During the talk, you voiced your contributions and asked your questions loudly and with confidence - while I sat meekly allowing the answers to pop into my head and never daring to voice them, just as I had always done throughout my school years and in every other situation in my life so far. Always so aware that to speak up would mean to have eyes on me - and always too self-conscious to allow that to happen.

And then - right in the middle of the session, a waiter came in and delivered a tray to you.

Nobody else in the room was eating. But there you were. Eating a delicious-smelling burger and a plate full of fries, swigging your beer from the bottle, enjoying your food and taking in the talk.

Something that seems so simple. Not even worth mentioning. Something that is so mundane that it probably shouldn't even have been noticeable.

But that simple act was one of the biggest lessons of the entire day for me.

You see...the one thing I struggle with most about existing as a fat person is the fear of judgement from others.

And never does that affect me as much as when I'm eating in public.

I have endured many, many occasions where I've had panic attacks either during or after eating at a restaurant because of the intense fear of whether people are looking at me, judging my food choices, and criticizing me.

The evening before the festival, I'd gone out for dinner with my friend and her brother - someone I'd never met before.

And I can't begin to explain to you the panic I felt at having to order a meal in front of him - I panicked over what I should order and whether he'd judge it if it wasn't healthy enough. I agonised over whether I should order a smaller portion so as not to appear greedy, even though I knew it would leave me hungry.

And every bite I took was accompanied by shame and embarrassment.

I can't remember the last time I ate in public without feeling those things. I can't remember the last time I ordered exactly what I wanted from a menu without considering what strangers would think of my choice.

I can't explain what you did for me that day, just by simply being there and demonstrating exactly how possible it is to live your life with confidence as a larger person, take up the space that you are entitled to and enjoying yourself without giving a solitary fuck what anybody else thinks about it.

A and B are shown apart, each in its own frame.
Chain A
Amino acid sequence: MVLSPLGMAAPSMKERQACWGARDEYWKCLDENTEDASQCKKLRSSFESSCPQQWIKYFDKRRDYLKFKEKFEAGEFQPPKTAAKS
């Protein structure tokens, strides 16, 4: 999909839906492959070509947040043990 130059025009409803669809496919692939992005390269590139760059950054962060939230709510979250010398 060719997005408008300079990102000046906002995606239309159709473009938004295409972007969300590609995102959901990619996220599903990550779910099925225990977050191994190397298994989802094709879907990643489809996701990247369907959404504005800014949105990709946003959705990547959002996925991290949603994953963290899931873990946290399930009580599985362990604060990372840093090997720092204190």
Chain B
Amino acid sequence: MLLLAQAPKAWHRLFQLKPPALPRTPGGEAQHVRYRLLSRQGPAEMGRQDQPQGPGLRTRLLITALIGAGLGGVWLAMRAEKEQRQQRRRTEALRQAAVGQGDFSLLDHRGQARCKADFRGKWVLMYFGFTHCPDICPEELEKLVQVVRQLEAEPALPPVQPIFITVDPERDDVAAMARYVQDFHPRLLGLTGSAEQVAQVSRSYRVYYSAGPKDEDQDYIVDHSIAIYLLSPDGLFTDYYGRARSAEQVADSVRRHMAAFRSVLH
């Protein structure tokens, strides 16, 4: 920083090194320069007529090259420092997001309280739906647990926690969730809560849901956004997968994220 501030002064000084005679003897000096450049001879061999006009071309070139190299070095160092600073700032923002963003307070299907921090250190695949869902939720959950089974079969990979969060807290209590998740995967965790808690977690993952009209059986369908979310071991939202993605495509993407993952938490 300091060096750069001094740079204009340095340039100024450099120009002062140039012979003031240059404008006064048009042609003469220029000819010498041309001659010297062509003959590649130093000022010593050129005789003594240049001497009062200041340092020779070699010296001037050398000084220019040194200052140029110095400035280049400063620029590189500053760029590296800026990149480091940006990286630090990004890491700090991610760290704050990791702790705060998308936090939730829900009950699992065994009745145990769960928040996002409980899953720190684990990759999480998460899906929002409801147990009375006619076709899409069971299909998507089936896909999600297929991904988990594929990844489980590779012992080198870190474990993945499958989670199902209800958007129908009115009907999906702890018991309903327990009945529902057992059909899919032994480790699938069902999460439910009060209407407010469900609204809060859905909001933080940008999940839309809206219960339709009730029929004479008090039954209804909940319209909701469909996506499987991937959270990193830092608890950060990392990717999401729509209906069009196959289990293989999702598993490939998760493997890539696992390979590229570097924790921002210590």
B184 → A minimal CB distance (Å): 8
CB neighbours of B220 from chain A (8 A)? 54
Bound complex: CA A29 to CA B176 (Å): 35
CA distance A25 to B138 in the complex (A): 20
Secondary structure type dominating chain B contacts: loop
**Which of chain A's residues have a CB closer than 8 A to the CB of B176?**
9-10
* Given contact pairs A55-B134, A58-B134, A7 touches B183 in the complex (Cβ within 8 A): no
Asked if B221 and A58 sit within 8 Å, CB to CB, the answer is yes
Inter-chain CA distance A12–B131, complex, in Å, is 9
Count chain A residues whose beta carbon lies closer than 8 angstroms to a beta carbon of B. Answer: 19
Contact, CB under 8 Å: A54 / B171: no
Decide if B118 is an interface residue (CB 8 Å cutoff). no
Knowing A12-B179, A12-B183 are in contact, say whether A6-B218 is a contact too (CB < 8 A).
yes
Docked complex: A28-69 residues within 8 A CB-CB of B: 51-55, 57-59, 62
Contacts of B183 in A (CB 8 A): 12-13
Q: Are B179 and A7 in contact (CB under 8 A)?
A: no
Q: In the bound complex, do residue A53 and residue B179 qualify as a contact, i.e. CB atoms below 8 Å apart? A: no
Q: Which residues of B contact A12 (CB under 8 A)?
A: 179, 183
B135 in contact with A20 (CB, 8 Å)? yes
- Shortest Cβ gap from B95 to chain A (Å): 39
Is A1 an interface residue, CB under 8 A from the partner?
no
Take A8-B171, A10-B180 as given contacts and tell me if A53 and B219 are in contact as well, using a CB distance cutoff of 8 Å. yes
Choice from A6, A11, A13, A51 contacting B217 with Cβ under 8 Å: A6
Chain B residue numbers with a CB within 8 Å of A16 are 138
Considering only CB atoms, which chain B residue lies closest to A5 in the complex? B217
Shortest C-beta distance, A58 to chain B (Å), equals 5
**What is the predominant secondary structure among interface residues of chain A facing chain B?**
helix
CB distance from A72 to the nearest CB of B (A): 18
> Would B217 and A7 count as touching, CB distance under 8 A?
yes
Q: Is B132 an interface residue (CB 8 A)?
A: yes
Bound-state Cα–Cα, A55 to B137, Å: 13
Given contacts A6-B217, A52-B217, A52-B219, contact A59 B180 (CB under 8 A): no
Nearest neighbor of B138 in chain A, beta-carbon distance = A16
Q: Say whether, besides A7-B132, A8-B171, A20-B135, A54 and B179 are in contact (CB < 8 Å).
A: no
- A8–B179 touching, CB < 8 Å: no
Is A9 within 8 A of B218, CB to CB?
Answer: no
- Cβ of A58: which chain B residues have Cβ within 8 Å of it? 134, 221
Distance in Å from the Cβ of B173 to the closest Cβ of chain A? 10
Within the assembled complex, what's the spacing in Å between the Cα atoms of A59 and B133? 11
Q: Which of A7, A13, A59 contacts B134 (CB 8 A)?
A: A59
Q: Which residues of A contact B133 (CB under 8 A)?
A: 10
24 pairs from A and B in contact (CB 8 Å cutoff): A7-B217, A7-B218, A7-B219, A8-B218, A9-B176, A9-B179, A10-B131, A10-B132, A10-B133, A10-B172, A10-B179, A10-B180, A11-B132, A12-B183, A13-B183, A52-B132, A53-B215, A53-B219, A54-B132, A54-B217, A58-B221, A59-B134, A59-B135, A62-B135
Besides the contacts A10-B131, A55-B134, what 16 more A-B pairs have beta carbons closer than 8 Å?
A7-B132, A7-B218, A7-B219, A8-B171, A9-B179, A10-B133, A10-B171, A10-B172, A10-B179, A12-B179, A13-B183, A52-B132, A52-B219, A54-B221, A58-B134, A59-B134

I came home that night, and tried to explain how I felt about you to my partner and I ended up just sobbing.

I'm not sure I can explain why.

I feel as though witnessing the way you live your life has set me free.

That witnessing the confidence and power you exuded made me feel liberated.

And at the same time, it also made me feel so angry that so many of us are wasting our lives living in absolute fear of what other people think about us - because that's just not what its all about.

You showed me that it's possible to exist in this world as a fat person and just enjoy it - eat the burger, ask the questions, be seen and be heard.

You showed me that I'm not wrong for looking the way I do....the world is wrong for judging me on it.

And that it doesn't have to be my cross to bare.

I don't know when, but I am promising myself that one day I will be that person for somebody else.

One day I will sit in a crowded room where nobody else is eating, and I will munch my way through a burger and a beer and woe betide anybody who has anything to say about it.

Because I have every right to enjoy my life and do exactly as I please, regardless of what size or shape I am.

Just like everybody else.

Thank you for showing me what I aspire to.

Turns out it's not the #thinspiration bikini babes on Instagram after all, it's a beautiful, confident, bold fat person enjoying their life and not apologizing for it.